A successful university admissions event will need careful planning, expert execution and of course, thorough evaluation afterwards to ensure the next one is even better.
Measuring the success of your event is crucial, not only because it enables you to adjust your marketing approaches and the direction of your next event’s content , but also because you can use these metrics to showcase insights to the rest of your team.
Event evaluation should actually form part of the event planning process. You should map out your KPIs at the very beginning of the process and ‘evaluate as you go’, as well as after the event has taken place. Just as an academic would map out their lesson objectives before teaching a seminar group, having a clear vision of what you and your team are aiming for will allow you to adapt your planning in real time, and to understand what worked well and what to improve.
Measuring the success of an event isn’t always easy - you can measure the overall success of an event to a large extent by comparing the outcomes with the goals set out in your first meeting, but it’s also important to acknowledge achievements that might otherwise have gone unnoticed, but are of equal importance.
For this reason, it’s key for admissions departments to set general KPIs such as ‘number of students who attended’, but to also establish others that are unique to the institution and its overarching vision. For example, as an institution, you might be focusing on attracting more international students, and although the overall number of attendees was lower than originally estimated, the proportion of international students who attended was greater.
A Key Performance Indicator is a measurable value that signifies, in an education context, how effectively an institution or department is in achieving their key objectives. Organisations use KPIs to evaluate their success at reaching targets established at the beginning of the journey.
Before planning an admissions event, you should establish KPIs so that you and your team are working towards common goals.
A good KPI should be:
- Concise and well defined;
- Easy to communicate and understand;
- Closely linked to the main goal.
When tracking the success of an event, ultimately, you should compare the ‘desired number of attendees’ with the actual number of attendees on the event day. However, you should also collect metrics pertaining to : invites sent, invites received, invites opened, and invited replied with ‘going’.
You can also break the overarching KPIs down even further for each channel. Let’s take social media for example. It’s easy to track likes, shares and engagements through the platforms themselves, and a strategic use of hashtags will help spread the message to a wider audience. Although social engagement is important, when reflecting on the success of your event you really want to know how many people registered on the back of a social post.
So, when you share an admissions event on LinkedIn for instance, create a unique URL so that, if someone clicks through and registers their interest, you can see where it came from and collect this data to use as part of your evaluation after an event has taken place.
In terms of promoting your event through email, you can track the KPIs as you go along, and use the information to improve your strategy as you approach the event. For instance, you could measure the invites opened after the first email has been sent and schedule a second targeted at those who didn’t open it, in an attempt to re-engage them. Why not also A/B test the subject line to determine which approach works best?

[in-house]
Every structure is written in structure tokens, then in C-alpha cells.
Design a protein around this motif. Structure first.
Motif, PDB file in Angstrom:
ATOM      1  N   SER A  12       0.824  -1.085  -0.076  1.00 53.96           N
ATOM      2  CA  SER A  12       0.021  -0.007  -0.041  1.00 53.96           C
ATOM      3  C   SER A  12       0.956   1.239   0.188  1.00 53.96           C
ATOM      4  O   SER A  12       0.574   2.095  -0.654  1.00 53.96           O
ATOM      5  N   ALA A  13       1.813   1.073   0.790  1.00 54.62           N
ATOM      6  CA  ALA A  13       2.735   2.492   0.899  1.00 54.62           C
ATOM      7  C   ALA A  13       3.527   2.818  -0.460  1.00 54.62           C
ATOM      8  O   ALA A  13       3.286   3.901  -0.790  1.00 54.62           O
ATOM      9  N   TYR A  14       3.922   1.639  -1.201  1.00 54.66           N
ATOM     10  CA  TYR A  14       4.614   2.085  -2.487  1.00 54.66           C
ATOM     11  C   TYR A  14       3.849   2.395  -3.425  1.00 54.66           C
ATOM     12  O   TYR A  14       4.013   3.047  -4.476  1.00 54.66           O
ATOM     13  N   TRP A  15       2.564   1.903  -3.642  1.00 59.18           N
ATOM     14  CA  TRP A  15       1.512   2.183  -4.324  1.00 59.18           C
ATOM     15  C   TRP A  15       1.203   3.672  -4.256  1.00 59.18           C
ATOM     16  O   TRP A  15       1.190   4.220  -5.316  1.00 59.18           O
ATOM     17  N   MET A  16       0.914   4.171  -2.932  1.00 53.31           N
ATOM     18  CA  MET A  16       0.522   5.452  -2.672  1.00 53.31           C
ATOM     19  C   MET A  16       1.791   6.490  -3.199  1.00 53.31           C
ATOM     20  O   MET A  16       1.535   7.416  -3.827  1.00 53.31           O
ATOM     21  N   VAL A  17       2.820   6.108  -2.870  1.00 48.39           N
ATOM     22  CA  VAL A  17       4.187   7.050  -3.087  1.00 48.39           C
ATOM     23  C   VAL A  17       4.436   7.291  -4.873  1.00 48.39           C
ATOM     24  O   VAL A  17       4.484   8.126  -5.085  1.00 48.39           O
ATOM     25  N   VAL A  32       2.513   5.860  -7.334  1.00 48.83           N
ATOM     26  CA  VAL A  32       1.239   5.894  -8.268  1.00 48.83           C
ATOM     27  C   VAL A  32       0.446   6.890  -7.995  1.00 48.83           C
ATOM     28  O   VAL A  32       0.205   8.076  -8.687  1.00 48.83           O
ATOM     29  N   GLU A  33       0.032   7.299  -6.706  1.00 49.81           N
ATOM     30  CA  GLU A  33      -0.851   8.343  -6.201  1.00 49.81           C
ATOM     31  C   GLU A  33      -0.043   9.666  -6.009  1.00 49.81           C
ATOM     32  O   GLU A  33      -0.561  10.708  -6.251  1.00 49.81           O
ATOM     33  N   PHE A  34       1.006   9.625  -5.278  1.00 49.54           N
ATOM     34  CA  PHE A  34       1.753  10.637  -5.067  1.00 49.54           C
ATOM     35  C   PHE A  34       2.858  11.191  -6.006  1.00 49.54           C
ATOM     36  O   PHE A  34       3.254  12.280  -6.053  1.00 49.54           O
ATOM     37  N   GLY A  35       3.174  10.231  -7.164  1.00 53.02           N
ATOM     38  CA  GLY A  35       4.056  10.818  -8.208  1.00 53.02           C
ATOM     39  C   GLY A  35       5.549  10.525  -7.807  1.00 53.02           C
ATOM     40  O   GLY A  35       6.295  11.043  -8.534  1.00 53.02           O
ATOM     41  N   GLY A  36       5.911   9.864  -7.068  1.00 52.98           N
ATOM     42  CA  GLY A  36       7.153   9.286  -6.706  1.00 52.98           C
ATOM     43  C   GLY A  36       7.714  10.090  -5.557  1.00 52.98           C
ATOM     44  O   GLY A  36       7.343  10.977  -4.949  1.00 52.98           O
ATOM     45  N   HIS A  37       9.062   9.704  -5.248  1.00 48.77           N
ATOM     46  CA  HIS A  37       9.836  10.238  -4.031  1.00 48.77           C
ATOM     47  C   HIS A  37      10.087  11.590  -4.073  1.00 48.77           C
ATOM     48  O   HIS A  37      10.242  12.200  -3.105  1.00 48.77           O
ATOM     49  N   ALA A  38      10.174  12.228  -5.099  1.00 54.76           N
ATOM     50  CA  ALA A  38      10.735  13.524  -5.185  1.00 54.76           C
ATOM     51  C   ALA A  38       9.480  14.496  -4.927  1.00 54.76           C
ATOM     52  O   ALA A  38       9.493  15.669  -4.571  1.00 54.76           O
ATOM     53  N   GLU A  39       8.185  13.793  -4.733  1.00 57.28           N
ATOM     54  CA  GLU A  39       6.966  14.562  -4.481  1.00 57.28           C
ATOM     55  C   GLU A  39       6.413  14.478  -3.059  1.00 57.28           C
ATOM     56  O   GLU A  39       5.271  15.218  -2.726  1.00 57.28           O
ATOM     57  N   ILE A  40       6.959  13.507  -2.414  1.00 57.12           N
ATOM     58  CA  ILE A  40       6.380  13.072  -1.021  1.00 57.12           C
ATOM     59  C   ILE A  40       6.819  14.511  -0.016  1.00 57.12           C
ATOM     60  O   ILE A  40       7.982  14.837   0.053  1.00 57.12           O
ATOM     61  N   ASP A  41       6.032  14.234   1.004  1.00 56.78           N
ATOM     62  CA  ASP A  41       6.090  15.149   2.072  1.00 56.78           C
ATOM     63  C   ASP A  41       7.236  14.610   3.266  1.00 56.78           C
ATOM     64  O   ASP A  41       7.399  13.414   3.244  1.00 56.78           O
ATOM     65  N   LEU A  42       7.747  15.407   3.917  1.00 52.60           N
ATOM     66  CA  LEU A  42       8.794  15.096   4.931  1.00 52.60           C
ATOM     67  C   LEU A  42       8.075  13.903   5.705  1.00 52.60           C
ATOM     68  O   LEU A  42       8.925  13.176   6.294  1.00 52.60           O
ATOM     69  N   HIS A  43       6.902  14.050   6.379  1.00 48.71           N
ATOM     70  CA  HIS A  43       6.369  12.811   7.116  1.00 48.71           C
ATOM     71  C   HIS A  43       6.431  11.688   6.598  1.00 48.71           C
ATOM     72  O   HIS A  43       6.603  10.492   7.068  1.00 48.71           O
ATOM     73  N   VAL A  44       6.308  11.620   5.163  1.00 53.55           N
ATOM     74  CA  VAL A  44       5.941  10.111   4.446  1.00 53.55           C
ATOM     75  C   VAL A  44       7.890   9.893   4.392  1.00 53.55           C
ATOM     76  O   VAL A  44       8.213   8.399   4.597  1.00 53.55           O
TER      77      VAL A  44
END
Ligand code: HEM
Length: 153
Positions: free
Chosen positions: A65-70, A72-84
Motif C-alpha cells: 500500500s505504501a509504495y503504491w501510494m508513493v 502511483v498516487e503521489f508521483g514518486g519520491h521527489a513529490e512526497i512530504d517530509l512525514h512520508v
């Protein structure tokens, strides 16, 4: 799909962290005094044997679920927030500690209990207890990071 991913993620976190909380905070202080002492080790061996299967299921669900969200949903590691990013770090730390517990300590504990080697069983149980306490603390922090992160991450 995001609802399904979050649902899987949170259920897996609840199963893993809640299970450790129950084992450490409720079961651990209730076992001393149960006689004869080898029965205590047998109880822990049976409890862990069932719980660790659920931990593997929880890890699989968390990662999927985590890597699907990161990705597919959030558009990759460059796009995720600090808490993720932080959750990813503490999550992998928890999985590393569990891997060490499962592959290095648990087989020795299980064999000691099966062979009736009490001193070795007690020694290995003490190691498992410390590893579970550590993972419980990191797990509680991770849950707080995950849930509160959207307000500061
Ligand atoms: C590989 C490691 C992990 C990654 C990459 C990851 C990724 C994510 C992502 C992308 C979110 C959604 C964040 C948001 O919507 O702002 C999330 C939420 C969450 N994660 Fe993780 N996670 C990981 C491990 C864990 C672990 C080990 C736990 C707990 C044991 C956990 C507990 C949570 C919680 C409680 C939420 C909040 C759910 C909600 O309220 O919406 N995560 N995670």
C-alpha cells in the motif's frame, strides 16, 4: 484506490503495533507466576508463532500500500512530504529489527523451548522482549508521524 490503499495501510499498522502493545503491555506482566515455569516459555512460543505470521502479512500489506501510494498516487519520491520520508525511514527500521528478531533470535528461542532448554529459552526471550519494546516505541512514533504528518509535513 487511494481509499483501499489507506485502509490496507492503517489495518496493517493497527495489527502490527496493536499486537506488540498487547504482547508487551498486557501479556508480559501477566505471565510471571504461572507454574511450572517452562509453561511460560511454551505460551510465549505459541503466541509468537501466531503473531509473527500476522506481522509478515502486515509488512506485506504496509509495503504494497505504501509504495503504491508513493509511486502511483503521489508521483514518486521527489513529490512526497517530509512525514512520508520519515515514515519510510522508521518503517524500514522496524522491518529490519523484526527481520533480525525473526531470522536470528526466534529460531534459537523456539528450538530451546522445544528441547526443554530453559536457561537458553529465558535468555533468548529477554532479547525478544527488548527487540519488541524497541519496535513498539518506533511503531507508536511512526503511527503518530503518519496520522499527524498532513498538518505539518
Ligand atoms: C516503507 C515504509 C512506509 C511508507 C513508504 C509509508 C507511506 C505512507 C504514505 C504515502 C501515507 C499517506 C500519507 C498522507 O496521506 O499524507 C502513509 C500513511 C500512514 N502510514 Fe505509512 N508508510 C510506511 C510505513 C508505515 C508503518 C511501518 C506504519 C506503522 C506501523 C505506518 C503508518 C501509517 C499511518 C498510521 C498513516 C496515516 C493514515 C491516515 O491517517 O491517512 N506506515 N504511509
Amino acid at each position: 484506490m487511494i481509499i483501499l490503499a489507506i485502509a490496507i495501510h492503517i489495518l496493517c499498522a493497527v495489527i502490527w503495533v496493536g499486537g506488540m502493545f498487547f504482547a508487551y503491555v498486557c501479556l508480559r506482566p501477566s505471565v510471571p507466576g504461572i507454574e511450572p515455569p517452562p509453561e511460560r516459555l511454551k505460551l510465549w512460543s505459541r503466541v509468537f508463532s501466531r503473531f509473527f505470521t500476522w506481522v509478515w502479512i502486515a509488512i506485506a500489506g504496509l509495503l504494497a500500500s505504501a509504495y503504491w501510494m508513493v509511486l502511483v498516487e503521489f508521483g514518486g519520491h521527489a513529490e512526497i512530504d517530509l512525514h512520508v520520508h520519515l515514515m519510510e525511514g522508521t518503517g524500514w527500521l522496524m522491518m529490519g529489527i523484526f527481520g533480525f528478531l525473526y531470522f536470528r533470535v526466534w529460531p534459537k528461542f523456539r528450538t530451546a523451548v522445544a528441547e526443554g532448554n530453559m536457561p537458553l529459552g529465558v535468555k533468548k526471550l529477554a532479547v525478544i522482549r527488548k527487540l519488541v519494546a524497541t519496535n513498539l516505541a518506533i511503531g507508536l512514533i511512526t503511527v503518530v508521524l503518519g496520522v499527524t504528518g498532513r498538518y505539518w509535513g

Displaying KPIs in a visual way is very useful and gives an overall impression of an event’s success at a glance. Consolidating metrics visually in this way enables you to share it with anyone and easily compare results year-on-year.
The funnel approach is a great way to understand your event's success.
Evaluate with admissions software
Admissions software built especially for educational institutions will make evaluating the success of a student recruitment event very fast and simple, so if you’re not currently using one, we’d highly recommend it as an option. As well as streamlining the entire admissions process from a marketing and administrative perspective, inbuilt visual analytics, and tracking, will enable you to gather metrics in one place.
When using multiple systems, like spreadsheets and email marketing platforms, the process can become arduous. With a CRM, on the other hand, you automatically track open rates, replies, attendees etc. automatically through the platform, and even compare these metrics with those from previous years.
Measuring the success of your admissions event means nothing if you don’t use the data to inform your strategy for next year. Use the information to your advantage and sketch out ideas for what you and your team will do differently next time whilst the experience is still fresh in your mind.
Here are just a few questions to consider:
- Which promotional channel worked best for you this time, and how will you optimise it moving forwards?
- Which channel didn’t get high levels of engagement and how will you turn this around?
- Can you identify a cohort of prospects, e.g. international students, for whom attendance was low?
- Was the gap between ‘invited, replied with going’ and ‘attendees on event day’ particularly wide? What will you do next time in order to close it?
- How many students applied to the university following an event; how many enrolled in the weeks or months following?
We hope you’ve found this article useful - feel free to use any of our resources to help inform your admissions event planning and evaluation in the future.
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